April 2 marked World Autism Awareness Day and throughout the month the topic of raising awareness for the developmental disability remains relevant to activists and autistic people.
While many activists and organizations for autism are highlighted during this month, autistic people often feel left out the conversation. Dan Smith, however, wants to change that.
“I am autistic and I hate most advocates and organizations for autism because they’re not run by autistic people. They try to speak for us but they don’t know what it’s like to have autism, and I think the resulting advocacy is mostly very bad and actively harms autistic people.”
One organization Smith expressed anger towards is Autism Speaks. “They [Autism Speaks] push Applied Behavioral Analysis to try to cure autism. ABA ruins people’s lives. It’s abusive and harmful to autistic people; it tries to mold our behavior into something acceptable to allistic [non-autistic] people through punishing autistic people for exhibiting autistic traits,” said Smith.
While, according to disabilityscoop.com, Autism Speaks removed language which explicitly advocates for a cure for autism in their mission statement in 2016. Yet, language which promoting “treatment” for autism remains on their website, autismspeaks.org. In the ABA section of autismspeaks.org, the organization states that “ABA is widely recognized as a safe and effective treatment for autism.”
“That’s exactly the problem,” says Smith, “autistic people don’t need treatment. The whole discourse of language, whole institutions and therapies that exist with this goal are doing violence to autistic people.”
When asked what he believes is a beneficial approach to helping autistic people, Smith said, “access to resources. A lot of institutions are difficult for autistic people to navigate and this can be very stressful. There is a focus in a lot of autism activism on how to help change autistic people, how to make our behavior fit more smoothly into society, and that’s not what we need. I don’t want some random person with a guilt-complex for the ‘poor autistics’ telling me how I should change my life to make them more comfortable. Unfortunately, autistic voices and concerns in activism spaces are heavily shut down, because you know, we speak against the abusive therapies and treatments that are made mainstream by organizations that profit off our suffering.”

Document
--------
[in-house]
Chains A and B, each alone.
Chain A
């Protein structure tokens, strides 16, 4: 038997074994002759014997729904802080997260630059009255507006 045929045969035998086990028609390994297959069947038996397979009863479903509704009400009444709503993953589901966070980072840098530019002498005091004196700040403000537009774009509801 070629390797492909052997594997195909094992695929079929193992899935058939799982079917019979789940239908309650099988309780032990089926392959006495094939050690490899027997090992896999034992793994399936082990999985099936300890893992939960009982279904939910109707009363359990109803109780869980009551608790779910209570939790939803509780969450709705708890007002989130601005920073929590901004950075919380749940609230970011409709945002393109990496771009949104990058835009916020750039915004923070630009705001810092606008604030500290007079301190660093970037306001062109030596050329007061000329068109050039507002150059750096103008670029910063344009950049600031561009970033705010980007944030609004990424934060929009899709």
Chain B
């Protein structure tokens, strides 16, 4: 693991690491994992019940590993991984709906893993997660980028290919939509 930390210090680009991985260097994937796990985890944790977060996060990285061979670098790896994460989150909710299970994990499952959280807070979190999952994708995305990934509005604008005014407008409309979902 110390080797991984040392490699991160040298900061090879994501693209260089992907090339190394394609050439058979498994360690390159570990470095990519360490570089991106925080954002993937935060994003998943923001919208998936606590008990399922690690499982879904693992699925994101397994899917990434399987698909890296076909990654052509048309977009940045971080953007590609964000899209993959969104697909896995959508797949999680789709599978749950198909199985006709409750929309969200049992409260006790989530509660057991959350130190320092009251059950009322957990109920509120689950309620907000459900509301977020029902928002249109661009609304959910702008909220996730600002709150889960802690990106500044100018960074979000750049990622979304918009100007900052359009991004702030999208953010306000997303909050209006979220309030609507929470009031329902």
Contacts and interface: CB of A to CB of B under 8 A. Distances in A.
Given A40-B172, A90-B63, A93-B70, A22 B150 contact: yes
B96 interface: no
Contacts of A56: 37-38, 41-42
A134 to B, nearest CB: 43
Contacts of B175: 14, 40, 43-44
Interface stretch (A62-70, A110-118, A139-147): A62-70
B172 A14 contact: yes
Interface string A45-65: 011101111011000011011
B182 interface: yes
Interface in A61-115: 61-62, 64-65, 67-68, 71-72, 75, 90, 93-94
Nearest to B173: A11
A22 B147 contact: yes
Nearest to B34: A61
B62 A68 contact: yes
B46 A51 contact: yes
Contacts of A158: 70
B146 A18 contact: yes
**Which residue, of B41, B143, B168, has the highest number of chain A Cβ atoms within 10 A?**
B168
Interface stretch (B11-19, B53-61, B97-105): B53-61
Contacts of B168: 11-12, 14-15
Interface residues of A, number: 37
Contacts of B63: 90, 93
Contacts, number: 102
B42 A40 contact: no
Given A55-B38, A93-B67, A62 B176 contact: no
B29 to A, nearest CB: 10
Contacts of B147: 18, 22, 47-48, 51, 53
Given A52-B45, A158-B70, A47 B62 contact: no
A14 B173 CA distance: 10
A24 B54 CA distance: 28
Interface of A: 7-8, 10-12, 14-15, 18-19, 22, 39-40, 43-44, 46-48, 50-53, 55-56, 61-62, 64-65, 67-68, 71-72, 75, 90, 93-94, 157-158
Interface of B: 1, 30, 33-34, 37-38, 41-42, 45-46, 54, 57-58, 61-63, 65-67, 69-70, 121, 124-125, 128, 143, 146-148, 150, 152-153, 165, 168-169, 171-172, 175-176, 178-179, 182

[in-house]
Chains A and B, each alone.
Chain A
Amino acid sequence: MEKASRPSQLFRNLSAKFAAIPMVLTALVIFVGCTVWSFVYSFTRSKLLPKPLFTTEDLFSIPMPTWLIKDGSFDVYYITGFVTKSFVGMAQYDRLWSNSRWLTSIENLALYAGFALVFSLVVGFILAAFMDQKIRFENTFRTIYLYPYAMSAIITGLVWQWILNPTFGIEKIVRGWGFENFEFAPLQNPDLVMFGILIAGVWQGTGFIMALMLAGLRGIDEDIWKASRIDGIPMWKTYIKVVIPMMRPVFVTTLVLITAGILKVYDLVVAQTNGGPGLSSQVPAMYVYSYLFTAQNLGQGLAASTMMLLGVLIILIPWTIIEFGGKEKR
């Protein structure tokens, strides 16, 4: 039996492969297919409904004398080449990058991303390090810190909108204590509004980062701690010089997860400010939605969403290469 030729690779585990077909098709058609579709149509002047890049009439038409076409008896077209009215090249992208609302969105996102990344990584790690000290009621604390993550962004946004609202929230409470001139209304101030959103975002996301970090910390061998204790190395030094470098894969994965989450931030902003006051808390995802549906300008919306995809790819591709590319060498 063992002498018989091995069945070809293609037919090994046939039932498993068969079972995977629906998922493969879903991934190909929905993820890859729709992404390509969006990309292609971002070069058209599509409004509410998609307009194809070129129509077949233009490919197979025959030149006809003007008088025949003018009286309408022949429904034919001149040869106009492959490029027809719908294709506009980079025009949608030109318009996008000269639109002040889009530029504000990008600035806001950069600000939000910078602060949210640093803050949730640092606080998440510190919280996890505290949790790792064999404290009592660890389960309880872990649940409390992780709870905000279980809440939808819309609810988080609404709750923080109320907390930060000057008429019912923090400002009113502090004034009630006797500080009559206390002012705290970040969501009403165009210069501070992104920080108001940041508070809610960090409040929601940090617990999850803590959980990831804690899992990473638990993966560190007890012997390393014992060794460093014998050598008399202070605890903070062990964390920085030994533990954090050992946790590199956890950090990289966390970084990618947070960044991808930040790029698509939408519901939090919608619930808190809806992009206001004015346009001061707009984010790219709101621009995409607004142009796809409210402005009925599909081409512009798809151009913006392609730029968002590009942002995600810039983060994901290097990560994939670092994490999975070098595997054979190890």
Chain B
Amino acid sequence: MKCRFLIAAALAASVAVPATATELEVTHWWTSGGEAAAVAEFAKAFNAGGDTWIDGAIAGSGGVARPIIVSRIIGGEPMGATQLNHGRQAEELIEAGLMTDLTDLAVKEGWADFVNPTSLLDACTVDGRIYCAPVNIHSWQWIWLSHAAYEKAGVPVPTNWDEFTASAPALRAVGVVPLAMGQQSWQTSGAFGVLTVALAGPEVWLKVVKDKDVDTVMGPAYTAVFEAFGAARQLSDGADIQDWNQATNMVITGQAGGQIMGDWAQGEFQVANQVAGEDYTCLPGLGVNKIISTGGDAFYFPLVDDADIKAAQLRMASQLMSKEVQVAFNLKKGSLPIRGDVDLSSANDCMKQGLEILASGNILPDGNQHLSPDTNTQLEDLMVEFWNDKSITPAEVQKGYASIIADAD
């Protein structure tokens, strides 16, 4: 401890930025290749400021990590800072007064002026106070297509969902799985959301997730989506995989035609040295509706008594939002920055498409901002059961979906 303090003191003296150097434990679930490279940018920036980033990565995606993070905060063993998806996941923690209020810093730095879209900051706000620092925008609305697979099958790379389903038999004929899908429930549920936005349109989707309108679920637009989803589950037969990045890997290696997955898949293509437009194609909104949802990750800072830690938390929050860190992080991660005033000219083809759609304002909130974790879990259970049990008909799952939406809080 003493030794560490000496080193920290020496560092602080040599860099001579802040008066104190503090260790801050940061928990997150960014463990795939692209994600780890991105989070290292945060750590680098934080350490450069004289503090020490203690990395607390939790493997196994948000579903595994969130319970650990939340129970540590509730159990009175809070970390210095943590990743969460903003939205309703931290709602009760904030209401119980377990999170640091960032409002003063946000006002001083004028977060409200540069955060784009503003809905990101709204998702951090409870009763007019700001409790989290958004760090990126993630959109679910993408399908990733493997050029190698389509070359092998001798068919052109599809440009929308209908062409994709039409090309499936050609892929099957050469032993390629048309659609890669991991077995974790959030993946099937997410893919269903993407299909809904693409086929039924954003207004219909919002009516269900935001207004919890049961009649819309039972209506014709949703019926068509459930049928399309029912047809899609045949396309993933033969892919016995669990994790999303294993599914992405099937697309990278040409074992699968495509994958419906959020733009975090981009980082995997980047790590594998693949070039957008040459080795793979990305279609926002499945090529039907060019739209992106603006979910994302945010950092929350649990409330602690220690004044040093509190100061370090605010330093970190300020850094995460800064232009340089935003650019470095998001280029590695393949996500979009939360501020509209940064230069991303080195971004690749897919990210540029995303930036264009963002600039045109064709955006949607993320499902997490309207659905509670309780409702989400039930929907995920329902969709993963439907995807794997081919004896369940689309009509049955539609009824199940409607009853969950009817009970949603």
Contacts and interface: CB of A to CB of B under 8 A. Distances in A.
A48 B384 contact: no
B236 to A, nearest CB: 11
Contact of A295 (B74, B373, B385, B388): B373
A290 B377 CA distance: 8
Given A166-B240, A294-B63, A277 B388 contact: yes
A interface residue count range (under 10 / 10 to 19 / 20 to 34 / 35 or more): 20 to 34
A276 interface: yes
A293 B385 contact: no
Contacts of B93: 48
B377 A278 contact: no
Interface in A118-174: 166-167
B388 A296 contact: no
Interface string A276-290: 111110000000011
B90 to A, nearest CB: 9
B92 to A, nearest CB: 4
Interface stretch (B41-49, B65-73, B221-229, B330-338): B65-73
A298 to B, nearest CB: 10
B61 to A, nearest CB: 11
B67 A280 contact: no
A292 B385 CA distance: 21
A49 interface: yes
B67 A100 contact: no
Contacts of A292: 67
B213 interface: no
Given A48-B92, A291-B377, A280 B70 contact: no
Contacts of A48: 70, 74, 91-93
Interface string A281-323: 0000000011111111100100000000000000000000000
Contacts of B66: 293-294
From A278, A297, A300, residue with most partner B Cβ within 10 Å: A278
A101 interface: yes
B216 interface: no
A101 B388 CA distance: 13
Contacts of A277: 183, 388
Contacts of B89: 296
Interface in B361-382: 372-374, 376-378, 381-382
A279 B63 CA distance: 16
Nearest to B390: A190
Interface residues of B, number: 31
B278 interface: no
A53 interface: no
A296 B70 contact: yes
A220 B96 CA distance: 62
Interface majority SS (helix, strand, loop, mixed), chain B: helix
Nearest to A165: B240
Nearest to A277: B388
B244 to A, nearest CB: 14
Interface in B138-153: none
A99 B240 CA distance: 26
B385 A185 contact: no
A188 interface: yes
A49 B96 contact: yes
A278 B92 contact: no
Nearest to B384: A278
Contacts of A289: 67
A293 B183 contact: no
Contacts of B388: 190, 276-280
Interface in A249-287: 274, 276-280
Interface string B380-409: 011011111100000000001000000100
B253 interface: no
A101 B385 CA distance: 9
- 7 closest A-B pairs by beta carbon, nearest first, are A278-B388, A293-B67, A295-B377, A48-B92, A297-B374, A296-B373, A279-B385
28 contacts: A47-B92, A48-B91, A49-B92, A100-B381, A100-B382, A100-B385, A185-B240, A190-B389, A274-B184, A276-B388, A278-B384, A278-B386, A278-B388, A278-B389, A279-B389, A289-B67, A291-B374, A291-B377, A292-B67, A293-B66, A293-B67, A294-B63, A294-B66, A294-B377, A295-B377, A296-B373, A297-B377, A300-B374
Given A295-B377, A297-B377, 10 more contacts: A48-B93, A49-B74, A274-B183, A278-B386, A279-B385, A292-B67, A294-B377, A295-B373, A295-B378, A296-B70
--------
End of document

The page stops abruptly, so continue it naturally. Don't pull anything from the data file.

On the topic of autism awareness, Smith similarly suggests an approach which centers around autistic voices.
“I’m autistic and I’m going to speak for myself about being autistic. We [autistic people] need more organizations run by and for autistic people. I don’t trust allistics in charge of autism organizations or in activism because they’ve already done enough damage to autistic people. If you’re going to listen to anyone about what it’s like to be autistic and what you should know about autism, it should be actually autistic people,” said Smith.
Smith also believes that rather than just being aware of autism itself, it would benefit autistic people for non-autistic people to be more aware of the way they act when interacting with autistic people.
“People forget autistic people are actually people. Autism isn’t some scary boogeyman that people need to scare away, and it’s not something to separate from personhood. If you’re telling me you want ‘to help me with my autism’, you’re telling me you want to help me be less of myself. I want allistic people to be aware that treating every autistic person like a child or a charity case is not helping us. I am autistic and I need you to be aware that you are no better than me, because you’re not.”